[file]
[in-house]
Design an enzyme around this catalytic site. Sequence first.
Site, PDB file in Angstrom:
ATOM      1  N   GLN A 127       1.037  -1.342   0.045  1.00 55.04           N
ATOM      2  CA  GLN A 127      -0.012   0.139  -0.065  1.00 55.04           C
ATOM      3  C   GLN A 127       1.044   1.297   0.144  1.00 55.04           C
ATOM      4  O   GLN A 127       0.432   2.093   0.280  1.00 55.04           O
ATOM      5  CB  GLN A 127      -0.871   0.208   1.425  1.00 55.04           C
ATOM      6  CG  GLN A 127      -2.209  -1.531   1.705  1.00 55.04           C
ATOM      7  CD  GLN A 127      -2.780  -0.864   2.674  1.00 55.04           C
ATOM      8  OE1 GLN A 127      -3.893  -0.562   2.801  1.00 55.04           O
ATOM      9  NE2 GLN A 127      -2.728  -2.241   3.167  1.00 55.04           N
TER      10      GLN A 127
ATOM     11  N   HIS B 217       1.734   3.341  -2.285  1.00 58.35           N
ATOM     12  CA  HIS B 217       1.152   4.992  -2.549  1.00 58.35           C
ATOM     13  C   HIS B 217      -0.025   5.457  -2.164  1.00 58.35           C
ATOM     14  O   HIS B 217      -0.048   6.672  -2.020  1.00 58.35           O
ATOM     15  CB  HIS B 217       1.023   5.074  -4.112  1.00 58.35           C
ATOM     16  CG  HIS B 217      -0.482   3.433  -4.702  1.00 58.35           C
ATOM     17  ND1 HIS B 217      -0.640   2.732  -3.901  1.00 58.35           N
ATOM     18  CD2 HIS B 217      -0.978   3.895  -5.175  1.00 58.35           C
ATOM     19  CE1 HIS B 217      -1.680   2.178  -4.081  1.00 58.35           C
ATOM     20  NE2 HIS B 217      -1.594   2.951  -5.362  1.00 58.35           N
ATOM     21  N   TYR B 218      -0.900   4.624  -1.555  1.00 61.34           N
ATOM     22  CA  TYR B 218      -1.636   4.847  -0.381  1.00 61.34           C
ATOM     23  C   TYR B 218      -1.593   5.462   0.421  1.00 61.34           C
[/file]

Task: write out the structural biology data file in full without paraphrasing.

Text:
[in-house]
Design an enzyme around this catalytic site. Sequence first.
Site, PDB file in Angstrom:
ATOM      1  N   GLN A 127       1.037  -1.342   0.045  1.00 55.04           N
ATOM      2  CA  GLN A 127      -0.012   0.139  -0.065  1.00 55.04           C
ATOM      3  C   GLN A 127       1.044   1.297   0.144  1.00 55.04           C
ATOM      4  O   GLN A 127       0.432   2.093   0.280  1.00 55.04           O
ATOM      5  CB  GLN A 127      -0.871   0.208   1.425  1.00 55.04           C
ATOM      6  CG  GLN A 127      -2.209  -1.531   1.705  1.00 55.04           C
ATOM      7  CD  GLN A 127      -2.780  -0.864   2.674  1.00 55.04           C
ATOM      8  OE1 GLN A 127      -3.893  -0.562   2.801  1.00 55.04           O
ATOM      9  NE2 GLN A 127      -2.728  -2.241   3.167  1.00 55.04           N
TER      10      GLN A 127
ATOM     11  N   HIS B 217       1.734   3.341  -2.285  1.00 58.35           N
ATOM     12  CA  HIS B 217       1.152   4.992  -2.549  1.00 58.35           C
ATOM     13  C   HIS B 217      -0.025   5.457  -2.164  1.00 58.35           C
ATOM     14  O   HIS B 217      -0.048   6.672  -2.020  1.00 58.35           O
ATOM     15  CB  HIS B 217       1.023   5.074  -4.112  1.00 58.35           C
ATOM     16  CG  HIS B 217      -0.482   3.433  -4.702  1.00 58.35           C
ATOM     17  ND1 HIS B 217      -0.640   2.732  -3.901  1.00 58.35           N
ATOM     18  CD2 HIS B 217      -0.978   3.895  -5.175  1.00 58.35           C
ATOM     19  CE1 HIS B 217      -1.680   2.178  -4.081  1.00 58.35           C
ATOM     20  NE2 HIS B 217      -1.594   2.951  -5.362  1.00 58.35           N
ATOM     21  N   TYR B 218      -0.900   4.624  -1.555  1.00 61.34           N
ATOM     22  CA  TYR B 218      -1.636   4.847  -0.381  1.00 61.34           C
ATOM     23  C   TYR B 218      -1.593   5.462   0.421  1.00 61.34           C